The United States is racing to the moon once again.
The nation aims to put boots on the lunar surface by 2024, four years earlier than previously planned, Vice President Mike Pence announced yesterday (March 26). The schedule shift was prompted at least in part by a desire to defeat two other space powers that Pence described as adversaries: Russia and China.
"Make no mistake about it — we're in a space race today, just as we were in the 1960s, and the stakes are even higher," Pence said during the fifth meeting of the National Space Council (NSC) at the U.S. Space & Rocket Center in Huntsville, Alabama.
"What we need now is urgency," he added. "The United States must remain first in space in this century as in the last, not just to propel our economy and secure our nation but, above all, because the rules and values of space, like every great frontier, will be written by those who have the courage to get there first and the commitment to stay."
Pence cited China's robotic Chang'e 4 mission, which, in January, aced the first-ever soft landing on the moon's mysterious far side. The touchdown, Pence said, "revealed [China's] ambition to seize the lunar strategic high ground and become the world’s pre-eminent spacefaring nation."
The vice president also lamented the United States' current reliance on Russian Soyuz rockets and spacecraft to get NASA astronauts to and from the International Space Station (ISS), at a cost of about $80 million per seat. This has been the situation since July 2011, when NASA grounded its space shuttle fleet. (Things should change soon, however; SpaceX's Crew Dragon capsule is on schedule to launch astronauts to the orbiting lab for the first time this summer, and Boeing's CST-100 Starliner spacecraft could do the same a few months later.)
The original space race, of course, was the Cold War struggle between the United States and the Soviet Union. The Soviets won the initial rounds, launching the first artificial satellite (Sputnik 1) and the first person to fly to space (Yuri Gagarin) in 1957 and 1961, respectively. But the United States rallied, landing the crewed Apollo 11 mission on the moon in July 1969.
The Apollo program pulled off five additional crewed lunar touchdowns, the last of which, Apollo 17, occurred in December 1972. Twelve people have set foot on the moon, and all of them were Apollo astronauts.
The success of Apollo established the United States' "rightful place as the undisputed leader in the exploration of the heavens," Pence said yesterday.
"Now, more than 50 years later, we gather here today to say that it's up to this generation to meet the challenge of our time," he said. "I believe that we are rising to meet that challenge head-on."
The importance of U.S. space supremacy and the threat posed by China and Russia are recurring themes for Pence and other officials in the administration of President Donald Trump. Pence highlighted these issues earlier this month in an op-ed in The Washington Post that called on Congress to establish the Space Force.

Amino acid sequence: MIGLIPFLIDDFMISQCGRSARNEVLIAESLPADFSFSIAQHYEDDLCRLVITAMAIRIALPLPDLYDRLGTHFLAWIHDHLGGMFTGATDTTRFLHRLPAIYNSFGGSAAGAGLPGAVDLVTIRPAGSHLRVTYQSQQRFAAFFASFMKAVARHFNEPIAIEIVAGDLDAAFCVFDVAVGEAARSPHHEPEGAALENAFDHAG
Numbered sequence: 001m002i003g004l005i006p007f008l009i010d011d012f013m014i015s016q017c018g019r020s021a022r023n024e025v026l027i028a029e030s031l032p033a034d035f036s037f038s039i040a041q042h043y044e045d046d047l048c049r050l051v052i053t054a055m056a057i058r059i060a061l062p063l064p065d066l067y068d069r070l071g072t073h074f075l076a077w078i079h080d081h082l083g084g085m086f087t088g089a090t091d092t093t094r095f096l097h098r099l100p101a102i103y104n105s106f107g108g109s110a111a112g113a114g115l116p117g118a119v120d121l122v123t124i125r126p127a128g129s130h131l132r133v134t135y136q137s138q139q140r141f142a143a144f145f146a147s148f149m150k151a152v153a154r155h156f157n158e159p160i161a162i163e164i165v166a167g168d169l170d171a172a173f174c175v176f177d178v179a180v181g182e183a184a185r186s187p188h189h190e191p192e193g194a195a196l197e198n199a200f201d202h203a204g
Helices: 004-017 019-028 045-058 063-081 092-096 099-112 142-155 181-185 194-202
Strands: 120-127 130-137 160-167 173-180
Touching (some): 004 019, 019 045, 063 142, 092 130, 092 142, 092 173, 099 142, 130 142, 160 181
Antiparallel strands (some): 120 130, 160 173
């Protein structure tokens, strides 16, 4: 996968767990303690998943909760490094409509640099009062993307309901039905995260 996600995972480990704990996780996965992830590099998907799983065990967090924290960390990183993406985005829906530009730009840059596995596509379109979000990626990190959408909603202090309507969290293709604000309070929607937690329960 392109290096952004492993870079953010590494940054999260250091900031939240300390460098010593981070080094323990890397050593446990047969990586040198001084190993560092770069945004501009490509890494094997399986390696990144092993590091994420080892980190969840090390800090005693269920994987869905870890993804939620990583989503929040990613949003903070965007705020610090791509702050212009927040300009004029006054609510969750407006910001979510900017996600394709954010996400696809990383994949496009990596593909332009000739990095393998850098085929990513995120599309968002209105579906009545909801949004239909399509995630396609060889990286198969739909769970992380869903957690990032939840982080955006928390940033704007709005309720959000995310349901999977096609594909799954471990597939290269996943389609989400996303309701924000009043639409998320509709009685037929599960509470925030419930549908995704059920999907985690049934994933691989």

"China and Russia are aggressively developing and deploying capabilities — including anti-satellite weapons, airborne lasers, menacing 'on-orbit' capabilities and evasive hypersonic missiles — that have transformed space into a warfighting domain," Pence wrote, linking to a February 2019 report by the U.S. Defense Intelligence Agency.
"While our adversaries have weaponized space, too often we have bureaucratized it," he added (italics his). "Organizational inefficiencies that plague our space military authorities, warfighting capabilities, acquisition programs and personnel policies stifle our ability to meet the rapidly evolving threats in space."
But Pence doesn't speak for the entire U.S. space program. Earlier this month, for example, NASA chief Jim Bridenstine denied that the nation is engaged in a space race.
"That race is over," Bridenstine said on March 2, shortly after the launch of Crew Dragon on its first test flight to the ISS. "We went to the moon and we won. It's done. Now, we're in a position where we can take our time and make sure we get it right."
And the competitors Pence named have not necessarily agreed to join such a race. China's crewed moon plans remain unofficial at the moment, for instance, and that nation is not racing in this regard but rather working to establish a project that's sustainable over the long haul, Dean Cheng, a senior research fellow at The Heritage Foundation who's an expert on China's space program, told Space.com in January.
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Mike Wall's book about the search for alien life, "Out There" (Grand Central Publishing, 2018; illustrated by Karl Tate), is out now. Follow him on Twitter @michaeldwall. Follow us on Twitter @Spacedotcom or Facebook.
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Michael Wall is a Senior Space Writer with Space.com and joined the team in 2010. He primarily covers exoplanets, spaceflight and military space, but has been known to dabble in the space art beat. His book about the search for alien life, "Out There," was published on Nov. 13, 2018. Before becoming a science writer, Michael worked as a herpetologist and wildlife biologist. He has a Ph.D. in evolutionary biology from the University of Sydney, Australia, a bachelor's degree from the University of Arizona, and a graduate certificate in science writing from the University of California, Santa Cruz. To find out what his latest project is, you can follow Michael on Twitter.